The first of 4 waterfalls on our list, Gullfoss, or Golden Falls, is also located on the popular Golden Circle. And whilst you'll have to share this site with plenty of other tourists, it's definitely worth it. Gullfoss is separated into two levels, the second being a powerful drop into a deep gorge, making this one of the most dramatic entries on our list. There are a number of different viewing areas, some up high and when the paths aren't slippy, there is a walkway down to get a closer look. Tip: If you want to avoid the crowds, get here early! On our winter 2019 trip, we made Gullfoss our first stop of the day. We arrived just as it was getting light and there was only one other couple there. As we headed back to the car park, there were crowds of tourists arriving. So if you're able, make Gullfoss your first stop of the day.
Our January 2019 trip to Iceland was full of first-time experiences for us and stepping foot onto a black sand beach was one of them. With it's basalt columns, sea stacks and powerful waves, Reynisfjara is one of the world's most dramatic and beautiful beaches, making it a popular stop along the south coast of Iceland.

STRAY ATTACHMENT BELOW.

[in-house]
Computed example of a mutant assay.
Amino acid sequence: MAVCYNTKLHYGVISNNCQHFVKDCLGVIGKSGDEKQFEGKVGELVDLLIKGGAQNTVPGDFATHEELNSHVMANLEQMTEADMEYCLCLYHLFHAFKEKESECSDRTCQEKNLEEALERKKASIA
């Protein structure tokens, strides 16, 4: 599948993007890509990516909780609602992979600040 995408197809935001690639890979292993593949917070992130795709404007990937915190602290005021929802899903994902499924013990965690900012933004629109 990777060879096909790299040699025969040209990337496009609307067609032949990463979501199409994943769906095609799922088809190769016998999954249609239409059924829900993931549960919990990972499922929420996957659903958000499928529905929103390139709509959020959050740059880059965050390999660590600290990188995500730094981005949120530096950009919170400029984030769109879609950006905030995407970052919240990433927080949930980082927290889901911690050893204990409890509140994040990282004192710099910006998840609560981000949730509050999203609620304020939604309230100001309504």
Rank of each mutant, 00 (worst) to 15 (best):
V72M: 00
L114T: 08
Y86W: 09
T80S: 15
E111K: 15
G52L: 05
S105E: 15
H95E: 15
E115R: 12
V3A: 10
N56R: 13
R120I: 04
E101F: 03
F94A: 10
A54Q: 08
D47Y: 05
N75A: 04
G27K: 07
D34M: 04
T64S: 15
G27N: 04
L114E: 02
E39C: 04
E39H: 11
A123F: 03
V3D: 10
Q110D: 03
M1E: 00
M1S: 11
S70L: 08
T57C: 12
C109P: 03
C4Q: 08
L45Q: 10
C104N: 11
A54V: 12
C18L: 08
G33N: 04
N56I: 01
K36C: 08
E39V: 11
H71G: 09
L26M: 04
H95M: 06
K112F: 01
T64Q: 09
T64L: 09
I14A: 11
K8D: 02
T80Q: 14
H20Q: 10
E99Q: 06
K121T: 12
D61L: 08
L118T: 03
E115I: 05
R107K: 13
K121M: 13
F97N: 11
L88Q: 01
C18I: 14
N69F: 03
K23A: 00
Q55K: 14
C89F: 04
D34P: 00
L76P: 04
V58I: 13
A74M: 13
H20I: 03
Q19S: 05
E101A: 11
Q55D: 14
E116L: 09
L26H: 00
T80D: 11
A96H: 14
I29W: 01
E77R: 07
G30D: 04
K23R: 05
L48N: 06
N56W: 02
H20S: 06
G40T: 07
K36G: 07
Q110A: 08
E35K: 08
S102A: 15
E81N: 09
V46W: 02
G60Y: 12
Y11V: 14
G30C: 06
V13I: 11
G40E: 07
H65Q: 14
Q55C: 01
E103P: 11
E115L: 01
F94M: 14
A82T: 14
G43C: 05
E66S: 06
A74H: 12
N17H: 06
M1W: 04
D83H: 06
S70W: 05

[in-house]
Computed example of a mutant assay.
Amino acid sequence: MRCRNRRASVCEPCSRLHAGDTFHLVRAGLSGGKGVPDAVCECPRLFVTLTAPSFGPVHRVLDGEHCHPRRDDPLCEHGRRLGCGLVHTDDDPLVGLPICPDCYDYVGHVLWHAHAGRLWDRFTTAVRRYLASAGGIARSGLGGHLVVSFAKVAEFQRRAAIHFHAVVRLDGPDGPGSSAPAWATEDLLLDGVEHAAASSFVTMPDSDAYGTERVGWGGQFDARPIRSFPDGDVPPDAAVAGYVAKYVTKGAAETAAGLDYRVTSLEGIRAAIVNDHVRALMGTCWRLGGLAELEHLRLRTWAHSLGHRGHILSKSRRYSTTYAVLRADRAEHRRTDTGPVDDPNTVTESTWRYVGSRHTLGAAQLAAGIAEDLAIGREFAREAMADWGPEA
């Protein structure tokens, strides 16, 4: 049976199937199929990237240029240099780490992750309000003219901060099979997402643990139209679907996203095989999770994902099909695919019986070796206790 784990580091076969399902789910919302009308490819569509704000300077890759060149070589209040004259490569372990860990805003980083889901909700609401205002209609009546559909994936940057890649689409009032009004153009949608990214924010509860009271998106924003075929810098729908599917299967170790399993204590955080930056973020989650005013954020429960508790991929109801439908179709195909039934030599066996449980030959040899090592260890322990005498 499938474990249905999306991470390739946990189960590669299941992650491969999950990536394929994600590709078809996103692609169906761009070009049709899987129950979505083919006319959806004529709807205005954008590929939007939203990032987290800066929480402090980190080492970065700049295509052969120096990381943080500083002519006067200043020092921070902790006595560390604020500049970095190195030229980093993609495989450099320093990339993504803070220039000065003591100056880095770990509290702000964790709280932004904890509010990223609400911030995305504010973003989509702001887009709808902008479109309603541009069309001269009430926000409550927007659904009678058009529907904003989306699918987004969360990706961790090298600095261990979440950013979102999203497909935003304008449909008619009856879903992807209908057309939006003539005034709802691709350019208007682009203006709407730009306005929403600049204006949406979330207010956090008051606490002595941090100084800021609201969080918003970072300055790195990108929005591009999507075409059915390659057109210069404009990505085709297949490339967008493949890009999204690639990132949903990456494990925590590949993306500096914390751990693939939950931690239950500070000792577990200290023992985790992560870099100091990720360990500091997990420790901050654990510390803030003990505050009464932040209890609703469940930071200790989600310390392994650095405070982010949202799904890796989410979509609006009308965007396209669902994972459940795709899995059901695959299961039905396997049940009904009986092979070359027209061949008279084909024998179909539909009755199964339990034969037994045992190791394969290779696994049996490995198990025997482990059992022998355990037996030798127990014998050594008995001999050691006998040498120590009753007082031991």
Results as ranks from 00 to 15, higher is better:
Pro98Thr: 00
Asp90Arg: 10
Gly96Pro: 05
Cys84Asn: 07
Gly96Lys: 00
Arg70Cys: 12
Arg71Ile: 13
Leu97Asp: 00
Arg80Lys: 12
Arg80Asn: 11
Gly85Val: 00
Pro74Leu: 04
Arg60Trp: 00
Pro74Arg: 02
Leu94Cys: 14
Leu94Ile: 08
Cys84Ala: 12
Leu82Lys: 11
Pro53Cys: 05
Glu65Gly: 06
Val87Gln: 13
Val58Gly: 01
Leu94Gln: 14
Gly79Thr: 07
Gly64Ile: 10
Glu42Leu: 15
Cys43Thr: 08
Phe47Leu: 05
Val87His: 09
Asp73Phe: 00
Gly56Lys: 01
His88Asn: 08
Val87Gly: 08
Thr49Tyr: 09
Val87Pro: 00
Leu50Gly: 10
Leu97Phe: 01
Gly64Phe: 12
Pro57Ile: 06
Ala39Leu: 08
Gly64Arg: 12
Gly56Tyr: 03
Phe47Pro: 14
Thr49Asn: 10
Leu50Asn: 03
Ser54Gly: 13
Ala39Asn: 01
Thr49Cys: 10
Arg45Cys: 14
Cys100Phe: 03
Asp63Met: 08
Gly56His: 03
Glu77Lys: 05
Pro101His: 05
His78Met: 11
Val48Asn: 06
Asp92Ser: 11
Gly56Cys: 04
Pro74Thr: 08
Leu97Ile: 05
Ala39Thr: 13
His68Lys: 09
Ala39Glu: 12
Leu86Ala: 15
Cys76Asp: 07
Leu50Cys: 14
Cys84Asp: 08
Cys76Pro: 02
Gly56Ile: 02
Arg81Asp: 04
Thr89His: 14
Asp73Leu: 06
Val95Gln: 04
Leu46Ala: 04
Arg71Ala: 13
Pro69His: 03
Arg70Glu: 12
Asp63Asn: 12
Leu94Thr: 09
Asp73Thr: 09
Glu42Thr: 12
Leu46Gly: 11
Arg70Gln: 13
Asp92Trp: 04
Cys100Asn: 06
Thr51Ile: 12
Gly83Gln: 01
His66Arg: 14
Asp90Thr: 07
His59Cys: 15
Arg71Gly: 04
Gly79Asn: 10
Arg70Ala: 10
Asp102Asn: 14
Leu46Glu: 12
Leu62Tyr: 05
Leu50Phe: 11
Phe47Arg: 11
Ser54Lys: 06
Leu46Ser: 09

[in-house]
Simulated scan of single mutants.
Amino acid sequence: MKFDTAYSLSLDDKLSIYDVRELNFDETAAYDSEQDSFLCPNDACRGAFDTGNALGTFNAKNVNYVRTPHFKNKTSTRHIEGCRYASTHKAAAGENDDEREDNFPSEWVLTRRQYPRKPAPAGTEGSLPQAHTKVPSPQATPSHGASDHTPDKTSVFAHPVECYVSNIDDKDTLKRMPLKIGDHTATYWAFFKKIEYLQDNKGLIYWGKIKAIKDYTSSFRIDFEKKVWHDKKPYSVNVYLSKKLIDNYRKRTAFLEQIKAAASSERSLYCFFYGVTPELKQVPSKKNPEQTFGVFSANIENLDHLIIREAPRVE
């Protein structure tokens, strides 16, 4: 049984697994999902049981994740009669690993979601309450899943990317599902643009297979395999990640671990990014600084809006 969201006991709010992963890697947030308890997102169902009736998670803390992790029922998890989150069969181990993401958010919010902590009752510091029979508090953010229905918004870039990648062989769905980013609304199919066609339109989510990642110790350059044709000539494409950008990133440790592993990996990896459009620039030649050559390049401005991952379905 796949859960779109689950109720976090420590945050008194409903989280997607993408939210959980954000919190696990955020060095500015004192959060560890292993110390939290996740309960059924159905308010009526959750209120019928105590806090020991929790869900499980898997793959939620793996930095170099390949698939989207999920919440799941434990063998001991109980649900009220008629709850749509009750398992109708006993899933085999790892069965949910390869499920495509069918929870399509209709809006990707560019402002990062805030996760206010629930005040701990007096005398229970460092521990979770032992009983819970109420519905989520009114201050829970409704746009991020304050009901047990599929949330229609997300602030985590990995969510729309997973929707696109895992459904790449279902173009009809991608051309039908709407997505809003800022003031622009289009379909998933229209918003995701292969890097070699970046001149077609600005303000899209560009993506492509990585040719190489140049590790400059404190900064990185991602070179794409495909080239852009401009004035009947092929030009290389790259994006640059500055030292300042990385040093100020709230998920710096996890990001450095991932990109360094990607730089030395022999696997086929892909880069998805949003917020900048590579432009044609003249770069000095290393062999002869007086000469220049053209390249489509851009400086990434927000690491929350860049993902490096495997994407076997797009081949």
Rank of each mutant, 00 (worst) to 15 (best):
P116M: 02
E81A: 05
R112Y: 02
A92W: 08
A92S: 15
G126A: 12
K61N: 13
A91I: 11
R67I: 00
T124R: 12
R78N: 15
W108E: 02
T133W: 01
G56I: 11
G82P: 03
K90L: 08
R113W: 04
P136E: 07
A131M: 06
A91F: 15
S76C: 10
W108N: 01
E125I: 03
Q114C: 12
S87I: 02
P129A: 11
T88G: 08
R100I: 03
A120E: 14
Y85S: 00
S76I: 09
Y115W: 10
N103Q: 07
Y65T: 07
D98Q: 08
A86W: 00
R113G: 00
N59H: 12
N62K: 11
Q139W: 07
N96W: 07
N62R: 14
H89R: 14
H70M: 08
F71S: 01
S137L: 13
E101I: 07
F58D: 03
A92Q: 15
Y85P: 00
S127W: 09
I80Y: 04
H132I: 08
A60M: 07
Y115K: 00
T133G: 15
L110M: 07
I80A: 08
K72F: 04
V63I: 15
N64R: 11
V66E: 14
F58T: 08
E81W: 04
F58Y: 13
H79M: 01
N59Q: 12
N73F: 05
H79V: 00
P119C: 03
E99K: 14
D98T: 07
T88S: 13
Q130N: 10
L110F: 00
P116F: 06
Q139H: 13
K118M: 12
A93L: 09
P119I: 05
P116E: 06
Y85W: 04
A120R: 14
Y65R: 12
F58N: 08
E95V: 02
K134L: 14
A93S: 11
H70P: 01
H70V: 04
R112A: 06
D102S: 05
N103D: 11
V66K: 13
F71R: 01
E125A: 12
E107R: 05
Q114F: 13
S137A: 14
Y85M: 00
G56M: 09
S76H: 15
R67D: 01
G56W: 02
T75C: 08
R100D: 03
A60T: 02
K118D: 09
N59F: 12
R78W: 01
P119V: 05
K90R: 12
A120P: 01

There are warning signs on route from the car park down to the beach, but many visitors walk right past them. Whilst this beach is beautiful, all visitors need to be aware of it's potential dangers, mainly the deadly sneaker waves. These waves are very powerful and come further up the beach than you'd expect. So be careful, keep your distance and never turn your back to the sea.
04. Strokkur Geyser
Watching a geyser erupt is a unique sight. If you haven't experienced it yet, you must add it to your list. Strokkur is the most active geyser in Iceland, erupting approximately every 4-10 minutes and is a popular stop on the Golden Circle. Located in the Geysir geothermal area, surrounded by bubbling mud pits and hot springs, visiting Strokkur is otherworldly and something not to be missed. We enjoyed this area so much, it was the only entry on our list that we visited twice during our trip.
Located on the Skoga river, the mighty Skogafoss is another popular stop along the south coast. Skogafoss can be seen from the Ring Road, but it's definitely worth making a stop and taking a closer look.